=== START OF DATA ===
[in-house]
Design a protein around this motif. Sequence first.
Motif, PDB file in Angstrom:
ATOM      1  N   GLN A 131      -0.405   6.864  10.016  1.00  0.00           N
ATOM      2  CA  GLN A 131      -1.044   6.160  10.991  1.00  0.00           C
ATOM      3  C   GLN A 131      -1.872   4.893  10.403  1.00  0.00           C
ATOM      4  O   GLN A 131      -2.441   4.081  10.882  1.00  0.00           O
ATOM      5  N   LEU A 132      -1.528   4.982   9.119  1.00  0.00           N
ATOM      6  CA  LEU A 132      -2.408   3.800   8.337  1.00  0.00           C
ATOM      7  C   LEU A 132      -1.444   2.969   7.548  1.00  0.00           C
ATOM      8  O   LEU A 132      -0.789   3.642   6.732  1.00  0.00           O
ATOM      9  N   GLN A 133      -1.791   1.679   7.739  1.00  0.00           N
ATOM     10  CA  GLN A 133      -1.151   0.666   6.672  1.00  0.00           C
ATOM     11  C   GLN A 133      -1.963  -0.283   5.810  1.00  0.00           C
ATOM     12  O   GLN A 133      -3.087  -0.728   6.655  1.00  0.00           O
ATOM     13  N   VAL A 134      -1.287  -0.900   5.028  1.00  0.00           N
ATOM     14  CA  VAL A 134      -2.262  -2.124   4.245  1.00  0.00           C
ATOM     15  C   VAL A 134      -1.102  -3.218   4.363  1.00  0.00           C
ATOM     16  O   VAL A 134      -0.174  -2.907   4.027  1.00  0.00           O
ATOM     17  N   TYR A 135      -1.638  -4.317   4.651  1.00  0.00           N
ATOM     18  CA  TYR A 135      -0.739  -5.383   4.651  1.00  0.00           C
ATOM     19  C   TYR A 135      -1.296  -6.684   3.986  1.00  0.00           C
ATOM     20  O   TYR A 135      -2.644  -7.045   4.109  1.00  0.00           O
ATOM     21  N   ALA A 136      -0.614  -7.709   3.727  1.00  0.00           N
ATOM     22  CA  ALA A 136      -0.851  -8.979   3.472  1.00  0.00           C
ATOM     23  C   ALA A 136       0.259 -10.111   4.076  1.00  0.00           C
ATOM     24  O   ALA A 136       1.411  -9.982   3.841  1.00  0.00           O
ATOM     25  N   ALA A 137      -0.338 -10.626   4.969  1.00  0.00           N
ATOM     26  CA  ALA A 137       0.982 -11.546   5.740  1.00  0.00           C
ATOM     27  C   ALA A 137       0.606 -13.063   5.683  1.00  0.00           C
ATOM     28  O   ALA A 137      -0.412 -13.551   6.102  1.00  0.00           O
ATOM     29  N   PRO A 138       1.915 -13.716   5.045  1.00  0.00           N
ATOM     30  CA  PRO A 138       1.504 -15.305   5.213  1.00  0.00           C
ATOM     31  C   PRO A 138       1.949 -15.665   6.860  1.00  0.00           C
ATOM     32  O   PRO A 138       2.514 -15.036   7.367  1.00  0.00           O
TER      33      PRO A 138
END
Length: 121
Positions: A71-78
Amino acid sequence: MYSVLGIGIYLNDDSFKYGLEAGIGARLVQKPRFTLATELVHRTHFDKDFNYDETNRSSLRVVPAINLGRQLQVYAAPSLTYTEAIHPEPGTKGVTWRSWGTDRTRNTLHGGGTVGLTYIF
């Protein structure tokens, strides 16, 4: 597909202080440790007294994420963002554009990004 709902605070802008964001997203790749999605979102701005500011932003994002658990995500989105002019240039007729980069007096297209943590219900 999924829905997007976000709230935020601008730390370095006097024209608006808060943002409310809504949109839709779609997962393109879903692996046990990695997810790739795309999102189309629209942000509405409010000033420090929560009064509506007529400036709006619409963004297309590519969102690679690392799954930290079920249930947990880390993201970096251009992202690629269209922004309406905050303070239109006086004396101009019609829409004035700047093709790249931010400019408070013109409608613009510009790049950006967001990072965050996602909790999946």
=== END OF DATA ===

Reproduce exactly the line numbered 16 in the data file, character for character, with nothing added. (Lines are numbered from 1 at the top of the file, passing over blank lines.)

ATOM     13  N   VAL A 134      -1.287  -0.900   5.028  1.00  0.00           N